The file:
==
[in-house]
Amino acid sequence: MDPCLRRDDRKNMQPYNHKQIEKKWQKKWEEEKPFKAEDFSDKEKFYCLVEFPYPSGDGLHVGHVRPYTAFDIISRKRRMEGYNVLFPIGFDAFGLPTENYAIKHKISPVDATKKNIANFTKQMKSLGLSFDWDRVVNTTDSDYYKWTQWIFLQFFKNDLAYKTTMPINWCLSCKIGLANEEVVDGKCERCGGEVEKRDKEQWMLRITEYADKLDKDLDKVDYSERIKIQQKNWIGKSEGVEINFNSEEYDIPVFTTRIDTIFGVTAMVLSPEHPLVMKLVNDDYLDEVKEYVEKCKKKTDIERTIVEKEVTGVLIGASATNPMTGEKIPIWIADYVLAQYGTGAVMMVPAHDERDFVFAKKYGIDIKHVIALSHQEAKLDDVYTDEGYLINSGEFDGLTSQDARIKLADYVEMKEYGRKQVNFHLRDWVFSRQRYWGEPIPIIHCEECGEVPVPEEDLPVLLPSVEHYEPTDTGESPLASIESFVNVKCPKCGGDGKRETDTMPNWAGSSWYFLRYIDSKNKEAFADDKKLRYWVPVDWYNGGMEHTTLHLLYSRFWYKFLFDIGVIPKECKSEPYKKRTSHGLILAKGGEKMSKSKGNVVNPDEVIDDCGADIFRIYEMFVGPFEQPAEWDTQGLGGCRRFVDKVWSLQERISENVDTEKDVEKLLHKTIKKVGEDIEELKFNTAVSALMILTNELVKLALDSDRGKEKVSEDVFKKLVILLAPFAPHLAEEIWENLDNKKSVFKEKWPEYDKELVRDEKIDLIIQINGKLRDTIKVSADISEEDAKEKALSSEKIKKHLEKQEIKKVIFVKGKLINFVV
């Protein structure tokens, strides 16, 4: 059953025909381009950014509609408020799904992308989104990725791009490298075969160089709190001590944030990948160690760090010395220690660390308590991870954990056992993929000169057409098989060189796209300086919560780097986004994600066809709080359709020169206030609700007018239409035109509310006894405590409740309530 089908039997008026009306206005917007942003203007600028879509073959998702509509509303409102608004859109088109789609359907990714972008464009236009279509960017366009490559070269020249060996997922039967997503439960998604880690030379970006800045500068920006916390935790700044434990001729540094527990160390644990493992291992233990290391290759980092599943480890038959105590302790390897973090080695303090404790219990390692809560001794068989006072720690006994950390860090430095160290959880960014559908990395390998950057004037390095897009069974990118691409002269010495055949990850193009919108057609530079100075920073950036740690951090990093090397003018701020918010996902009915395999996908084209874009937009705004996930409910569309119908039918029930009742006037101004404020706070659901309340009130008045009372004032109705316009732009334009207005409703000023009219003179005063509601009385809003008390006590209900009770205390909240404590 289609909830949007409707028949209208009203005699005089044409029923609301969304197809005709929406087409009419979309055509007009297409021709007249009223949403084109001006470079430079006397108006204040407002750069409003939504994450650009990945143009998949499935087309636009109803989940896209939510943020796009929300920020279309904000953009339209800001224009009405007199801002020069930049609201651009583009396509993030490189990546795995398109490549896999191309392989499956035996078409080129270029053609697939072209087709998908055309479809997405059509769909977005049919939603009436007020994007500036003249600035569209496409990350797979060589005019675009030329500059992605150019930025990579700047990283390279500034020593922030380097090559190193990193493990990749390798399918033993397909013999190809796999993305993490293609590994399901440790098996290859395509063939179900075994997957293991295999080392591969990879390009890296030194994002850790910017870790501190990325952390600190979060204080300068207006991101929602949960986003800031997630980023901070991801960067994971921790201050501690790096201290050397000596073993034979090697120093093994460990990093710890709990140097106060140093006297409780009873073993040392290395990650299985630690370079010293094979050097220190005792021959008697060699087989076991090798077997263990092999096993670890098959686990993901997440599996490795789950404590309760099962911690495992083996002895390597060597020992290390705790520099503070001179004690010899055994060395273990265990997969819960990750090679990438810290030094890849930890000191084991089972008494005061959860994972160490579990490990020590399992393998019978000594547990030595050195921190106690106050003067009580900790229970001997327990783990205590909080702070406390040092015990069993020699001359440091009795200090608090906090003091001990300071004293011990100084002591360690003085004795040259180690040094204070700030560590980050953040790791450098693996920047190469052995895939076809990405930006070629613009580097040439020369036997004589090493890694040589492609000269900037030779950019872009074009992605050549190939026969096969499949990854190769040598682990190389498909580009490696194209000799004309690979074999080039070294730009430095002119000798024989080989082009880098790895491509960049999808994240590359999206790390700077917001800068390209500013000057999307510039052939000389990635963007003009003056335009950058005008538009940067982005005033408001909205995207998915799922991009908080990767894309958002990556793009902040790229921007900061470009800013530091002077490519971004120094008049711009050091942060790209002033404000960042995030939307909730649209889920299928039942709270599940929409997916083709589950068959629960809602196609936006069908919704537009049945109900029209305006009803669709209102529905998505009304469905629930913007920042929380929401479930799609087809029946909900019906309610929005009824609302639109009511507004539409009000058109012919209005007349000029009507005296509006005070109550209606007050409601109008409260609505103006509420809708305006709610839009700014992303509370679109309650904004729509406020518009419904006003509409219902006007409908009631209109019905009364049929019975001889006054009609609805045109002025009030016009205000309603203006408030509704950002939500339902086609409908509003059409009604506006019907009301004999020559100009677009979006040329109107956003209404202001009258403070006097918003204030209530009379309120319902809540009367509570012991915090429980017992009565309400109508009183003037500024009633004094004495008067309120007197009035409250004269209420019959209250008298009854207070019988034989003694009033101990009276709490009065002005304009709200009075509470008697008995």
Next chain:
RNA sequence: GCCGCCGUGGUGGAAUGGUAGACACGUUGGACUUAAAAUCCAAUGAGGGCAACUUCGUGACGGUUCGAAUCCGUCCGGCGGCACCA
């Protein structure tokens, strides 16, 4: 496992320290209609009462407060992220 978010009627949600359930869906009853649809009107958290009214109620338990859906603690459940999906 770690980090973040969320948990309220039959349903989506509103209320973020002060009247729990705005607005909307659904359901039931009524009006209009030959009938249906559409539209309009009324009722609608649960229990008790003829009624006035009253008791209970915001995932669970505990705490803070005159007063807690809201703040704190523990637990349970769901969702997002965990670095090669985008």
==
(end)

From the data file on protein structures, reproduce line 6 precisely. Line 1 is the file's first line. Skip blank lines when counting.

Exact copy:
């Protein structure tokens, strides 16, 4: 496992320290209609009462407060992220 978010009627949600359930869906009853649809009107958290009214109620338990859906603690459940999906 770690980090973040969320948990309220039959349903989506509103209320973020002060009247729990705005607005909307659904359901039931009524009006209009030959009938249906559409539209309009009324009722609608649960229990008790003829009624006035009253008791209970915001995932669970505990705490803070005159007063807690809201703040704190523990637990349970769901969702997002965990670095090669985008």